For the record, I have met Chad Daybell, the man at the center of that Idaho missing-children mystery.

Nearly four decades ago, I was a cop in the small town where Daybell graduated from high school. We later worked for the same newspapers (although not this one). My first books were published by the company where he became the managing editor.

So, while I don’t recall any specific encounter, our paths crossed too many times for us not to have at least met in person. If we did meet, apparently I was too blind to recognize his spiritual greatness.

Now that he’s in jail, it does make me wonder how he went from a relatively normal kid, to a Mormon missionary, temple-married husband and father, published author, and, finally, cult leader?

A few years ago, he reportedly told friends that an angel appeared and said his first wife, Tammy, was going to die. Shortly thereafter, she did.

Soon after her burial, he married Lori Vallow. If that can’t convince you that he was telling the truth about the angel, then you’re blind. And probably unworthy.

Lots of cults end badly, like the Branch Davidians in Waco, Texas, the Manson family in California, Heaven’s Gate (also in California), Jim Jones’ Peoples Temple in Guyana.

Falling under the spell of such a thing may have already happened to me, belonging as I do to The Church of Hay-Sue Cristo of Latter-day Saints (the Mormons), which some consider a cult.

According to experts — including some who only think they are — the signs of a cult are easy to discern. I’m not sure they apply to me, but let’s check.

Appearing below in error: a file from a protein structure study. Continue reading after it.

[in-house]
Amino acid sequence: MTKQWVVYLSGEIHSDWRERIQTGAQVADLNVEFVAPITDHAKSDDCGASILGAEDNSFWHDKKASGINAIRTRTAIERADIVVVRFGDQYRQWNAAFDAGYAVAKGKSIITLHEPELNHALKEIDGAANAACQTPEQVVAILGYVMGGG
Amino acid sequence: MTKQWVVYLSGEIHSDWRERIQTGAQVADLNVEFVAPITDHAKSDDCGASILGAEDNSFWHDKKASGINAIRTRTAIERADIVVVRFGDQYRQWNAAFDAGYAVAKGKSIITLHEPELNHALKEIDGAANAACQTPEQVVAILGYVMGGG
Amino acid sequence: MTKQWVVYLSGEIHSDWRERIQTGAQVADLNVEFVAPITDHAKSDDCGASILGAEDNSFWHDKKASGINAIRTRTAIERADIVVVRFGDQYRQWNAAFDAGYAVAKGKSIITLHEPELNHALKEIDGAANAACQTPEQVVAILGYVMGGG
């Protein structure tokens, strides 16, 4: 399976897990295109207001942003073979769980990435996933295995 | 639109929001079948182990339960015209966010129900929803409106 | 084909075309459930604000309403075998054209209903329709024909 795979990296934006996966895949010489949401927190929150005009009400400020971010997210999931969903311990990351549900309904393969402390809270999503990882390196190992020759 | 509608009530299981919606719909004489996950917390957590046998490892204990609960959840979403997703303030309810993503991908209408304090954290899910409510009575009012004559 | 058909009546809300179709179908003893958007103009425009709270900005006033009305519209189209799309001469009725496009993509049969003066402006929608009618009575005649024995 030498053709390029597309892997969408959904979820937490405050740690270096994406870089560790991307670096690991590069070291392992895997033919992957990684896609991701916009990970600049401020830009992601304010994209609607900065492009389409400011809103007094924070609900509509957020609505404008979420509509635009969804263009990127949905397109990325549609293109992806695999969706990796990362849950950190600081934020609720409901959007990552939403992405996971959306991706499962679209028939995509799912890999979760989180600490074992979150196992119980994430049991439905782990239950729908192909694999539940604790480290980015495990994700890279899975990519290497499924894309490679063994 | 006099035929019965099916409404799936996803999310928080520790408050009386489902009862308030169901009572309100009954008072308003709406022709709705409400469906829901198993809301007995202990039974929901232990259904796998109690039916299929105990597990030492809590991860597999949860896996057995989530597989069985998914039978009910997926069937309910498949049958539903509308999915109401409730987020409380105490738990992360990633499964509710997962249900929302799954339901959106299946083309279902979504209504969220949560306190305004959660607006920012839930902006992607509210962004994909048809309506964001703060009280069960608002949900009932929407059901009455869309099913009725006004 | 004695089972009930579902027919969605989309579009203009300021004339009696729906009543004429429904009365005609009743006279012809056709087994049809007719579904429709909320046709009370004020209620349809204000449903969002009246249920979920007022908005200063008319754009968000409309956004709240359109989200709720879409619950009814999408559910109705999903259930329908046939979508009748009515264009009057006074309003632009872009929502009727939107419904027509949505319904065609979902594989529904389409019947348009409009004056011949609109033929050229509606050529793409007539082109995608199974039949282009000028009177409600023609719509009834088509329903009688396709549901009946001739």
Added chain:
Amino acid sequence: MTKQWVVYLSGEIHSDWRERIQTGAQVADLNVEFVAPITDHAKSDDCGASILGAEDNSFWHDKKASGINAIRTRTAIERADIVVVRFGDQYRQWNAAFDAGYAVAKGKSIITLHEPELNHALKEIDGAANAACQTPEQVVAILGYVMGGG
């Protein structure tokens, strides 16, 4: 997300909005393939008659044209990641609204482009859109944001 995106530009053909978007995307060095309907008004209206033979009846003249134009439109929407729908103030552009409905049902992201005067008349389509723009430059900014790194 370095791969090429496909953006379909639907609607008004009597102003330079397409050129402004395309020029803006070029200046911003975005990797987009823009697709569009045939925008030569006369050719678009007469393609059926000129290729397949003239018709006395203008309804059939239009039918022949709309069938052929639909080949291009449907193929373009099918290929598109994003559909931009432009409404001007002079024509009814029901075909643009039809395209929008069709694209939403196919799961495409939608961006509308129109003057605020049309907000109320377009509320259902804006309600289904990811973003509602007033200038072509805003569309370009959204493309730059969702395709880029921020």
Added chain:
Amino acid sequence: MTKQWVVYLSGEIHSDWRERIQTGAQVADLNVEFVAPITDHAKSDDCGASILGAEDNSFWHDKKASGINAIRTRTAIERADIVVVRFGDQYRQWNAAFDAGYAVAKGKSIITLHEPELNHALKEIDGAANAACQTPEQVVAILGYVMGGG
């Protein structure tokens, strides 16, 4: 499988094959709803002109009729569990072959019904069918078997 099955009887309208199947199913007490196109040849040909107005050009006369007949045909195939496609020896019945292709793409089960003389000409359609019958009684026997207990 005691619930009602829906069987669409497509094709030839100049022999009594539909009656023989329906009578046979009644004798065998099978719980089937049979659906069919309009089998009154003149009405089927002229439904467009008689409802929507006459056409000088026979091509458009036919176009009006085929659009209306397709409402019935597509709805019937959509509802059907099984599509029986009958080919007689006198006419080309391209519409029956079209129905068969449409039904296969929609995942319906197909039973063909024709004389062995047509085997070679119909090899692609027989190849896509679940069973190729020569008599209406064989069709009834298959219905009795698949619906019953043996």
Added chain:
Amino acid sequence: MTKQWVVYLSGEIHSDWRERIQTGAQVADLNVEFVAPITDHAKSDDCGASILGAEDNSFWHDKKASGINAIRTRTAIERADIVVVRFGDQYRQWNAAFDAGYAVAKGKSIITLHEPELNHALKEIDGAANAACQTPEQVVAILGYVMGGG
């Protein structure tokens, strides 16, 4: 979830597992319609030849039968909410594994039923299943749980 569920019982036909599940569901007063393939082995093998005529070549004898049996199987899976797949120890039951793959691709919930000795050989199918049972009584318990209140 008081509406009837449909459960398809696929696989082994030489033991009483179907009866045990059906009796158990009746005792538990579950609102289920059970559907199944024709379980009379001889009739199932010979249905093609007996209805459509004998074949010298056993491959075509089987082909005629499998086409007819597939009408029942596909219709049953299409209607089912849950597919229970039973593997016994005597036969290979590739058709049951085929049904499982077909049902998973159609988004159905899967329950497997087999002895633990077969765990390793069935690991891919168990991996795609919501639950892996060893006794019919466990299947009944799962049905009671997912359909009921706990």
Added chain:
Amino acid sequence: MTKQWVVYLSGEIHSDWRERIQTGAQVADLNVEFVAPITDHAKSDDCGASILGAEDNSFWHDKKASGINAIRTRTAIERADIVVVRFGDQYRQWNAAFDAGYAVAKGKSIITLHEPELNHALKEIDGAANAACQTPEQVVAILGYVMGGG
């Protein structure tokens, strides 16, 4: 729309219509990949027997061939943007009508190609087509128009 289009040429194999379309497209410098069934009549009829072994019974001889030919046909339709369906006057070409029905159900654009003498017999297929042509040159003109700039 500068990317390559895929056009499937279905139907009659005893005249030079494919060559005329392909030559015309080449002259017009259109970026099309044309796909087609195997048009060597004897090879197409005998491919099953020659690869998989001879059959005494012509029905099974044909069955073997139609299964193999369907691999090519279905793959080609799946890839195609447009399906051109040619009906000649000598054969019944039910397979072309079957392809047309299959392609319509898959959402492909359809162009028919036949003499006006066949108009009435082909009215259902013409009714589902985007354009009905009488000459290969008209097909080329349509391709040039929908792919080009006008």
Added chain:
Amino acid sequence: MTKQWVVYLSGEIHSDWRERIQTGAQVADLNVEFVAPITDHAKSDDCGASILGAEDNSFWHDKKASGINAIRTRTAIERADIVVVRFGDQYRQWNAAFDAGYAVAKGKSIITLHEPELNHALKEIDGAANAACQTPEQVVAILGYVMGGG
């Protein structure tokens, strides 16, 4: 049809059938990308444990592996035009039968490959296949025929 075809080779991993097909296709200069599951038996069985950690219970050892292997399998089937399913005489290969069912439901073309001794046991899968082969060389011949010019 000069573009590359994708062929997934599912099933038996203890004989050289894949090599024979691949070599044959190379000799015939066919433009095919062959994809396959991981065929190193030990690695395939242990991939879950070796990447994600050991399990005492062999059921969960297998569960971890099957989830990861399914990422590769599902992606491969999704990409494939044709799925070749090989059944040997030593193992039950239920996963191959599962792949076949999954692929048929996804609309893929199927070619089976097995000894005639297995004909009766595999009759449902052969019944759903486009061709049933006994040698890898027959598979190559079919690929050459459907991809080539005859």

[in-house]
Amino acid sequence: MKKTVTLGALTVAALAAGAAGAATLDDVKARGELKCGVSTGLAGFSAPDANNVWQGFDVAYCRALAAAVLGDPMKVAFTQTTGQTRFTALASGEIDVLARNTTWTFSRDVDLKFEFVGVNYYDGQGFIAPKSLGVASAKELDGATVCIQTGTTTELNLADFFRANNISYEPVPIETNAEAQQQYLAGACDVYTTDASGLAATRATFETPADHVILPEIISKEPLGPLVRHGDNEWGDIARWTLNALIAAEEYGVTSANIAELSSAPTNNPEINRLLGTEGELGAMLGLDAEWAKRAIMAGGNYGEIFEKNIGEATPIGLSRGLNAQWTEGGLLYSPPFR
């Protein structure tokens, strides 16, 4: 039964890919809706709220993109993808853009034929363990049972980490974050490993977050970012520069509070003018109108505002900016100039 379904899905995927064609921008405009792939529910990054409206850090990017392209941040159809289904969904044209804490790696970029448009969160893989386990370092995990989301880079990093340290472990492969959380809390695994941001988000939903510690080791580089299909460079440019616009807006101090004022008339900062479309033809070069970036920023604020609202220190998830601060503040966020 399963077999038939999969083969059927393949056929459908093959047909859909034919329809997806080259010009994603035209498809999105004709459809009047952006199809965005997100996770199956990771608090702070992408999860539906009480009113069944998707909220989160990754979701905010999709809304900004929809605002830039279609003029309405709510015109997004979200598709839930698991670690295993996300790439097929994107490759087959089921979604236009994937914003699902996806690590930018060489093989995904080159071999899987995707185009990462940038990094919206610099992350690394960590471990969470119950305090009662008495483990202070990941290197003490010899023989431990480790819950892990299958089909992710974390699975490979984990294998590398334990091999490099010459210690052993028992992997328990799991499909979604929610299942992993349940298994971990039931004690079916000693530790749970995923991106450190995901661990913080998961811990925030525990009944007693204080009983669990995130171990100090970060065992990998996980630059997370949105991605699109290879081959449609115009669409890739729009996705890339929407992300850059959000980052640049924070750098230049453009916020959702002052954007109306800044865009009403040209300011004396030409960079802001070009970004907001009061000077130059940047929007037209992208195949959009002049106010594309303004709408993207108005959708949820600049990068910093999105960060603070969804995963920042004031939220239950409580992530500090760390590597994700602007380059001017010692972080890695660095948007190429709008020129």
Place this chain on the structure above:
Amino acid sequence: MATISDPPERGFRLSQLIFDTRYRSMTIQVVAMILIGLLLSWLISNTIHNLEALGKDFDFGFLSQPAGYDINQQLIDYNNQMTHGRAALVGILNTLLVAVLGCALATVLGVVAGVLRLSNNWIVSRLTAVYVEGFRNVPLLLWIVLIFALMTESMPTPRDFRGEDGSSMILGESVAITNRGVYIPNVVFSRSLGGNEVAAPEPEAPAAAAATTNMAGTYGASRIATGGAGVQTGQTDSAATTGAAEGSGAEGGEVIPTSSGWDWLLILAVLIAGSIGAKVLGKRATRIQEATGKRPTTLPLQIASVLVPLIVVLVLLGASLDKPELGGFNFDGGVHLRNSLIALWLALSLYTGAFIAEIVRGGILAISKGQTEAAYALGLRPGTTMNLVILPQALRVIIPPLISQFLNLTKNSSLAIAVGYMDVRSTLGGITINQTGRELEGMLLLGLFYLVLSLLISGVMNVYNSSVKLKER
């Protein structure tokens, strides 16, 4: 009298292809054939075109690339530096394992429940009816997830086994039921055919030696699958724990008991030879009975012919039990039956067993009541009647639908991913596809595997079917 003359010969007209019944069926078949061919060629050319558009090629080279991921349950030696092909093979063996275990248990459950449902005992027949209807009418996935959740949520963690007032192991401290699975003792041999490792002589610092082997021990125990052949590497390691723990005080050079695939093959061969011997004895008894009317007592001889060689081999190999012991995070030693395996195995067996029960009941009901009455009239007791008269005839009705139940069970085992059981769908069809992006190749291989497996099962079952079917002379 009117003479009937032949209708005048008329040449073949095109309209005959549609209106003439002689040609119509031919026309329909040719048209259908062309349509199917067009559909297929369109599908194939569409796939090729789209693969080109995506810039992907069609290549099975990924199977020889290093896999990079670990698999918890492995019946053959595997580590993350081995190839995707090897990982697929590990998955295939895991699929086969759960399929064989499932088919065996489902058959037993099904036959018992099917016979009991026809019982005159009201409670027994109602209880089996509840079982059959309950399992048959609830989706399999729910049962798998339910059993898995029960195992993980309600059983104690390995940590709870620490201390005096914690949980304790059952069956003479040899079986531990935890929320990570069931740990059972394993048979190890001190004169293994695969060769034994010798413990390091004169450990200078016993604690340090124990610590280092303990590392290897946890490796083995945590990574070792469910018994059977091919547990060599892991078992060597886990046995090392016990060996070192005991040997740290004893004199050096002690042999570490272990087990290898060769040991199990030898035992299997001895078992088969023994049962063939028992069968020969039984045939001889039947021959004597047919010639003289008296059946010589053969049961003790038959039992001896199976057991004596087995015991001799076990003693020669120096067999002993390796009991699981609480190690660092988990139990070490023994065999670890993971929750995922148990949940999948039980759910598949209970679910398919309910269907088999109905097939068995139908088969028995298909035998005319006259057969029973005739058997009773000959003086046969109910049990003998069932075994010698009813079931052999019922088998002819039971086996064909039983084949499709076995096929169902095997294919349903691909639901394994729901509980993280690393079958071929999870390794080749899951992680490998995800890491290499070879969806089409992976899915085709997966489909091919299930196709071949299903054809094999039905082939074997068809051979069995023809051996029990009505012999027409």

• The leader is infallible.
  • Deceptive recruitment practices.
  • Exclusivity in faith.
  • Intimidation and fear.
  • Illegal activities.
  • Dogma.

Really? I’ve been a Mormon my entire life and none of those has ever entered into the equation in a serious way. I get bored too easily for that kind of stuff. I argue with leaders all the time. Intimidated? By a church? Please. And I have no idea why there’s stuff about some dog’s ma.

Then again, maybe I do belong to a cult. Most people call it marriage. My wife is infallible. And she deceptively recruited me by batting her eyes a certain way in 1975.

Furthermore, she insists that I remain exclusively hers. I’m scared of making her mad. She forces me to engage in illegal activities by demanding that blowing stuff up can occur only outside where the cops can hear it.

I don’t even want to get into doctrine, which consists of incomprehensible edicts like, “We can’t afford that right now” and “I can tell you’re lying by the look on your face.”

OK, I belong to a cult. Lucky for me.

Robert Kirby is The Salt Lake Tribune’s humor columnist. Follow Kirby on Facebook.